Having recently discussed "Howling 2: Your Sister Is A Werewolf Trapped In A Very Bad Movie", and with The Big Day just around the corner, maybe this is a good time to chew on another early 80s sequel that is nearly always hailed as a bad "part 2". I'm talking about "Halloween II: Your Sister Is In the Hospital". Well OK, it wasn't really subtitled that, but it did have its own dorky subtitles like "Halloween II: The Nightmare Isn't Over!" and "Halloween II: The Horror Continues". Let it be known from the get-go that I love, love, LOVE "Halloween II", in all its tacky, cheap, cash-in glory. While it is all those things, it's also scary and very fun, and it's filmed with a lot of interesting references to other horror films. In other words, an orgasmathon for a horror geek.

You can see through "Halloween II" like it was a cheap shower curtain. It's a rather obvious attempt to cash in on a hot property even when the filmmakers seemed to have no idea what they wanted. There is no real story here, and it seems that all anybody really knew was they needed a movie called "Halloween II" to release to theaters. There's something compelling to me about filmmakers making their own cheap ripoff movie. Here was John Carpenter's name (as producer and screenwriter), and Debra Hill as well, and Dean Cundey filming it. Jamie Lee was back, and so was Donald Pleasance, and Charles Cyphers. Nancy Loomis even made a cameo as Annie's corpse, as well as a voice on the phone.

In a bold move, "Halloween II" kicks right in with the final scene of the previous movie. I'm sure there have been other films like this, like a couple of the early Frankenstein films, but I'm at a loss to come up with any other examples. It's an honest approach though, since second-parters often pretend they've got something new to say, when really it's a retread of the first film that everyone is after. "Halloween II" knows this already, and it turns up the volume so loud that you can almost hear the script meetings. There are more murders, and they're all much more gruesome than the first film. In the first ten minutes, there's already more blood than the entire first film. An ambulance comes to take Laurie away from the scene of the crime and whisks her off to the Haddonfield Memorial Hospital (or Haddonfield Memorial Clinic, the film can't make up its mind). Nobody ever stops to think that she was the near-victim of an escaped maniac, and that he might actually continue stalking her, not even Dr. Loomis, who goes berserkers. At one point he chases a boy wearing a white mask out into traffic, where the boy is hit by a car and then fried alive in a collision, but nobody seems to be concerned with that after the initial shock wears off.

Michael Myers, aka The Shape, walks through Haddonfield like a zombie, spooking Mrs. Elrod (Lucille Benson from Paul Bartel's "Private Parts"), who only wants to make her husband Harold a sandwich. He also attacks some random girl named Alice and carves a jack-o-lantern out of her neck. Poor Alice! Not too long after that, we say goodbye to Sheriff Brackett, the first wakeup call that this is NOT "Halloween" after all. He identifies Annie's body and then disappears forever, leaving Hunter von Leer to take over as the resident overacting lawman.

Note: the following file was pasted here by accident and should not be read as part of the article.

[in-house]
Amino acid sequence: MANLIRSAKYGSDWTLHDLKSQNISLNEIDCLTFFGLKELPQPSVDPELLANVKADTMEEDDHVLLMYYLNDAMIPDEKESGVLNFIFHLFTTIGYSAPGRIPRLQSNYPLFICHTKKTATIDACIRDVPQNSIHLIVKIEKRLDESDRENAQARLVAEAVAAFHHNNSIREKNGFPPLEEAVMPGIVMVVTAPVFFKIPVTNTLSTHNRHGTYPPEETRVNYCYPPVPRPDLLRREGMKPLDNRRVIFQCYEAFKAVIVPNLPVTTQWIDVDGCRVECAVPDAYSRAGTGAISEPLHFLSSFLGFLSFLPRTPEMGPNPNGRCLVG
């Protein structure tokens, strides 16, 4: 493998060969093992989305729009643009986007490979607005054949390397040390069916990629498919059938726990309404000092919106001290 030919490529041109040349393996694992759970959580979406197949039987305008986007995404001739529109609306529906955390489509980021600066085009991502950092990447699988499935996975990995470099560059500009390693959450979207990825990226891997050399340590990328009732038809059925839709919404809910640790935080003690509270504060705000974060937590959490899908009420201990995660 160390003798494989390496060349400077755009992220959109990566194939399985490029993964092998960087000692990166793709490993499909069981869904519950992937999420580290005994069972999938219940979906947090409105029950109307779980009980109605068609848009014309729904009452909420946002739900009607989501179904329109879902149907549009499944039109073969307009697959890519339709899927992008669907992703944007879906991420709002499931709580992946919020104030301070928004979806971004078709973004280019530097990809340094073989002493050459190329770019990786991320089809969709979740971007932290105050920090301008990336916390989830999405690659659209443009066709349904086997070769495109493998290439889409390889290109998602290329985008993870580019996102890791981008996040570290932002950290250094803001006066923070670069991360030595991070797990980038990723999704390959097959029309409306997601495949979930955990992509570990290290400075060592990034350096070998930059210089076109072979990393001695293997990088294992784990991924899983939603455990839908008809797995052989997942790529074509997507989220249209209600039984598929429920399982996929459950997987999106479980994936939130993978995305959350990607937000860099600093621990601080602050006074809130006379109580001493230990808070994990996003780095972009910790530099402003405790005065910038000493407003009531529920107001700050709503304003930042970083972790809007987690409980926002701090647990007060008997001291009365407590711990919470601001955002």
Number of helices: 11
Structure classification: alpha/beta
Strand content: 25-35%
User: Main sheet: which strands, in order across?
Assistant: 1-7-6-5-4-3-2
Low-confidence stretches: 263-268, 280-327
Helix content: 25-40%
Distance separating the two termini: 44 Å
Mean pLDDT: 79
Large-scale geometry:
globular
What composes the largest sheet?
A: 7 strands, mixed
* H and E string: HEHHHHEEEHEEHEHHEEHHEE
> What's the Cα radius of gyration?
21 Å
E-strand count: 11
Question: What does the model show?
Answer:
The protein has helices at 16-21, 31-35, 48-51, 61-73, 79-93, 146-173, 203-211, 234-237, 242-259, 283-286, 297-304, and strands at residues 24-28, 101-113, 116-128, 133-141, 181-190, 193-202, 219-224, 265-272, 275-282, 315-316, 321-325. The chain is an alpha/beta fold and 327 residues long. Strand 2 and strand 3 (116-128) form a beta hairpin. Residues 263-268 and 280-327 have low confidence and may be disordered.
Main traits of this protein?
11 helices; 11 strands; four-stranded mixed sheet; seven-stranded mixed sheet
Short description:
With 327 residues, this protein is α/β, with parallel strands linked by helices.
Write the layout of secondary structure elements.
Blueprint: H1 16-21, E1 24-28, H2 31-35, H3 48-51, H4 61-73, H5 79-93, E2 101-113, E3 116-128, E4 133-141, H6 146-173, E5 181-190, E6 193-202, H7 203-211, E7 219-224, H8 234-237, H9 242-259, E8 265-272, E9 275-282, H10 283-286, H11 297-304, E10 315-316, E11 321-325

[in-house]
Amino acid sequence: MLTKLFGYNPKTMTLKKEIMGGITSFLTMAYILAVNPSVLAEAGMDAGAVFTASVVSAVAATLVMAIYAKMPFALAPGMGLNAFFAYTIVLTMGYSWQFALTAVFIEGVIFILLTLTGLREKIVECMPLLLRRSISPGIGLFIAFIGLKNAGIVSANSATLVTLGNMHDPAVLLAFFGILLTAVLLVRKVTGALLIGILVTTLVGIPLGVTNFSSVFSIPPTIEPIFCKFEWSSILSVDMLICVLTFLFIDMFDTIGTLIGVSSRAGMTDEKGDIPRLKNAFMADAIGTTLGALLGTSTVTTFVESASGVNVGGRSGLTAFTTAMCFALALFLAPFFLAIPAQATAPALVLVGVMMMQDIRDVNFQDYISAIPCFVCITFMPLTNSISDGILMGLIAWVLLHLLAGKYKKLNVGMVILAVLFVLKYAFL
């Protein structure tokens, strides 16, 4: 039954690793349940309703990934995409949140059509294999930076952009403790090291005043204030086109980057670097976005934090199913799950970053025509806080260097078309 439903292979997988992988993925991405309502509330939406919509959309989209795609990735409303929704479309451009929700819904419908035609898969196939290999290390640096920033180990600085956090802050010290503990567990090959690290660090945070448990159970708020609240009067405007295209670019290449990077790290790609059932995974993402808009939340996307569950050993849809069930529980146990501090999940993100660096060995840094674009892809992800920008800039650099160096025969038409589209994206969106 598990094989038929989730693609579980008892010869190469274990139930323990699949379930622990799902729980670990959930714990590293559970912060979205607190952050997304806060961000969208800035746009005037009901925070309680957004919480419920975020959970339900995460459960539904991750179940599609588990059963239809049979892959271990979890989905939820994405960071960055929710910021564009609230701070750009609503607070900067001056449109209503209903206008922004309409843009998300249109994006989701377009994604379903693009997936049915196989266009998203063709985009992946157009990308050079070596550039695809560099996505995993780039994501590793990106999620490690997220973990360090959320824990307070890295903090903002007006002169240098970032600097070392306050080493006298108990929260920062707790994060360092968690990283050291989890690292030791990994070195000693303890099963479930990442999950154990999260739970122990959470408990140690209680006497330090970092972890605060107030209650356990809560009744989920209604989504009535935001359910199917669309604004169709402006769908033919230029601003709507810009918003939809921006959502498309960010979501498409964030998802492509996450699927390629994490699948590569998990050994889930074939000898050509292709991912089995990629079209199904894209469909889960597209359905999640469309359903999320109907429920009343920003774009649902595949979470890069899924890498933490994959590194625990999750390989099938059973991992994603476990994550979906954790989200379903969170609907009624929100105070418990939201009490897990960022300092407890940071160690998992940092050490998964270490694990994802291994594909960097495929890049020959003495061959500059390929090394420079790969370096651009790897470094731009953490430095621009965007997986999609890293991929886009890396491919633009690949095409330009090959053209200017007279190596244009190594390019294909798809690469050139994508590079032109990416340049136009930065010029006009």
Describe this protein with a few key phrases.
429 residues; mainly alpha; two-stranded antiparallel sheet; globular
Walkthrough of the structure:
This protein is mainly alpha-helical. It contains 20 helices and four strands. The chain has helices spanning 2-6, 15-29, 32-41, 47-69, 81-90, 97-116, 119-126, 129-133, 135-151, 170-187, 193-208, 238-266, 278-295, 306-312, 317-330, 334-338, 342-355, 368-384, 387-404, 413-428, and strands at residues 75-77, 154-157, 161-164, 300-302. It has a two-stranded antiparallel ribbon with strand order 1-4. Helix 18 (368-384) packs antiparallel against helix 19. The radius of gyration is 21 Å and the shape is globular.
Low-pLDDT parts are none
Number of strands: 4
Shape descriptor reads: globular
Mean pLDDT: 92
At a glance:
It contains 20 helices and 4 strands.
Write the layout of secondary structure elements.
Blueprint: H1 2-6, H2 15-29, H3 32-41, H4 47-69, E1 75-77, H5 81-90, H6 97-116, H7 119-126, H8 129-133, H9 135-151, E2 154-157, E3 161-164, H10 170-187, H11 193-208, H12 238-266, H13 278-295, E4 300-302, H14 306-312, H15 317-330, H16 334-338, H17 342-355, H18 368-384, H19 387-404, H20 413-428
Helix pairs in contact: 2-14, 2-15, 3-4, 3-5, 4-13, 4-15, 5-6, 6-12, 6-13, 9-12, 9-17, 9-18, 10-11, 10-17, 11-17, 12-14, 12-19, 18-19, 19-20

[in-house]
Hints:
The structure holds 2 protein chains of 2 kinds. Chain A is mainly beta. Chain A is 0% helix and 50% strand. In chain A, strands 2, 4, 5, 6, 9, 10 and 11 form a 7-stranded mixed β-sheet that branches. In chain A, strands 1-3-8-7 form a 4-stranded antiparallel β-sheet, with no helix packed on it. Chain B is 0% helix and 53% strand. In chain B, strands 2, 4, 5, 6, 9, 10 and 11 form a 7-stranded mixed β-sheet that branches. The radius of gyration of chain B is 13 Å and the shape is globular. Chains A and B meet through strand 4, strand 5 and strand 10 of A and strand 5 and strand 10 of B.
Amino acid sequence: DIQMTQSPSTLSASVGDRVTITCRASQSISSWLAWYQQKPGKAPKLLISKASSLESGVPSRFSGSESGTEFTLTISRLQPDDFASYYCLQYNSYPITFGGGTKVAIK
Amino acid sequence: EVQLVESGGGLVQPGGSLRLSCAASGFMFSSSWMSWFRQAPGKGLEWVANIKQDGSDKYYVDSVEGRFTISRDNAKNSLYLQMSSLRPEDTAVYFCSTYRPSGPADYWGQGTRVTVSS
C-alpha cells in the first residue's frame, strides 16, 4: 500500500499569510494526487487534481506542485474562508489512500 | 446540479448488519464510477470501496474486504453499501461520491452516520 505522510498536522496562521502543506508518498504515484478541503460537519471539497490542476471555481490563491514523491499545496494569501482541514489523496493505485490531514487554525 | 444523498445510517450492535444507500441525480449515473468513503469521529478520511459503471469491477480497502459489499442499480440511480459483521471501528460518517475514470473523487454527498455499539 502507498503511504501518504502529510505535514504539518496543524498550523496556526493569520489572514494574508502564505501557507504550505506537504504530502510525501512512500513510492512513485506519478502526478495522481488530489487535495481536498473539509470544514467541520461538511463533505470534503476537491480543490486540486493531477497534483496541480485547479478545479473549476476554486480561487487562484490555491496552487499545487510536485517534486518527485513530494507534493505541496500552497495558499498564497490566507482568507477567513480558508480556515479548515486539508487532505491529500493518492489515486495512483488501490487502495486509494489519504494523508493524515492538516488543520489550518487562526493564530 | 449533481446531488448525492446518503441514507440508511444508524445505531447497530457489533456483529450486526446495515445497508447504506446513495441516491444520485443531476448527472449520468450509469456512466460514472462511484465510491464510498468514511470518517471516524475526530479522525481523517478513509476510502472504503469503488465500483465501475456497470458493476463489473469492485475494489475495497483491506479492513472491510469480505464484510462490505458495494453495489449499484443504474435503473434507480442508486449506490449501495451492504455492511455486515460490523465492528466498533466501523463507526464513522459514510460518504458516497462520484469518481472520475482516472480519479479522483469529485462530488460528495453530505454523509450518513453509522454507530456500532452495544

"Do you feel like someone's watching us, Mrs. Alves?"
"It's just that rep from the HMO again. Don't look at him."

Then the movie brings on a small group of nurses, orderlies and doctors for Michael to slash. Nurse Karen seems like a nice girl, but proves she's dumb as a box of rocks by not only arriving 15 minutes late for work, but allowing her EMT boyfriend to convince her to screw him in the whirlpool therapy tub. When a mother brings her young son into the ER with a blood-gushing wound in his mouth from a still-embedded razorblade, Nurse Jill tells her calmly that the doctor can't see her son right now and tells them to wait in another room. Another hospital drone can't even figure out how to use a walkie talkie. Poor Laurie is all but forgotten after a drunken doctor gives her a sedative and stitches up her shoulder. After enough people are skewered, scalded, strangled, and struck over the head, Laurie finally gets to snap out of her drugged haze and try and recreate some of the chase scenes from the first film. It's not exactly a breakthrough idea.

But I love this movie anyway. Although I couldn't express it at such a young age, I related to the film immediately when I saw it in 1981 as an 11-year-old horror geek. It was intended to make money, and it did so by aiming squarely at the fanboy element and giving us the chance to pretend the first film never ended. Watching "Halloween II" today, I am struck by mainly two things: the music and the inventive camera work. The overall silliness is hard to overcome, especially the increasingly outrageous climax, but "Halloween II" is best as a visual experience. The movie has a very sinister look to it, with deep, blue-black colors and nighttime dread. There are a number of shots shamelessly recycled from the original, but they still work, including one where The Shape is glimpsed through several panes of glass behind two unsuspecting characters. I also live for the brief, creepy moment where The Shape is standing right behind Mrs. Elrod in her kitchen and she doesn't even know it.